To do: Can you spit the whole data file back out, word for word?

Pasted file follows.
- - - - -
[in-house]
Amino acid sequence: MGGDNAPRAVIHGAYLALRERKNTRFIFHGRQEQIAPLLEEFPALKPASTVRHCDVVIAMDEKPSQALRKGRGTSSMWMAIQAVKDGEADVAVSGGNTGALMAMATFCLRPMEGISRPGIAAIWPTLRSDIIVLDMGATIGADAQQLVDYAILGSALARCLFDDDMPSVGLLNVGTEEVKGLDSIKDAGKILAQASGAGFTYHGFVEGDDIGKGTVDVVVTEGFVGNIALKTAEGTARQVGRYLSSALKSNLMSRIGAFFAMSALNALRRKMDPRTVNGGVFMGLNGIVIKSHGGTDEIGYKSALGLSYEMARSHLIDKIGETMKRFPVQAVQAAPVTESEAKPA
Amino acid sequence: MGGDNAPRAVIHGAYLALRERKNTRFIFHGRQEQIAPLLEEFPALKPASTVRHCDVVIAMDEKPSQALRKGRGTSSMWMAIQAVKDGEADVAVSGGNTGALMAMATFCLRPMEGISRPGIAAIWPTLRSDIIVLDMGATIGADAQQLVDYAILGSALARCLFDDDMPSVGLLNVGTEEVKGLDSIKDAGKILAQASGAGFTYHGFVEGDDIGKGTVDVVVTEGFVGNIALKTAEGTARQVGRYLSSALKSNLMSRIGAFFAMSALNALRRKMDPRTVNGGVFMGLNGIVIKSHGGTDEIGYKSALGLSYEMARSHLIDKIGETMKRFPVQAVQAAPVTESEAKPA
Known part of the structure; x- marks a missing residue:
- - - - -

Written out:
[in-house]
Amino acid sequence: MGGDNAPRAVIHGAYLALRERKNTRFIFHGRQEQIAPLLEEFPALKPASTVRHCDVVIAMDEKPSQALRKGRGTSSMWMAIQAVKDGEADVAVSGGNTGALMAMATFCLRPMEGISRPGIAAIWPTLRSDIIVLDMGATIGADAQQLVDYAILGSALARCLFDDDMPSVGLLNVGTEEVKGLDSIKDAGKILAQASGAGFTYHGFVEGDDIGKGTVDVVVTEGFVGNIALKTAEGTARQVGRYLSSALKSNLMSRIGAFFAMSALNALRRKMDPRTVNGGVFMGLNGIVIKSHGGTDEIGYKSALGLSYEMARSHLIDKIGETMKRFPVQAVQAAPVTESEAKPA
Amino acid sequence: MGGDNAPRAVIHGAYLALRERKNTRFIFHGRQEQIAPLLEEFPALKPASTVRHCDVVIAMDEKPSQALRKGRGTSSMWMAIQAVKDGEADVAVSGGNTGALMAMATFCLRPMEGISRPGIAAIWPTLRSDIIVLDMGATIGADAQQLVDYAILGSALARCLFDDDMPSVGLLNVGTEEVKGLDSIKDAGKILAQASGAGFTYHGFVEGDDIGKGTVDVVVTEGFVGNIALKTAEGTARQVGRYLSSALKSNLMSRIGAFFAMSALNALRRKMDPRTVNGGVFMGLNGIVIKSHGGTDEIGYKSALGLSYEMARSHLIDKIGETMKRFPVQAVQAAPVTESEAKPA
Known part of the structure; x- marks a missing residue: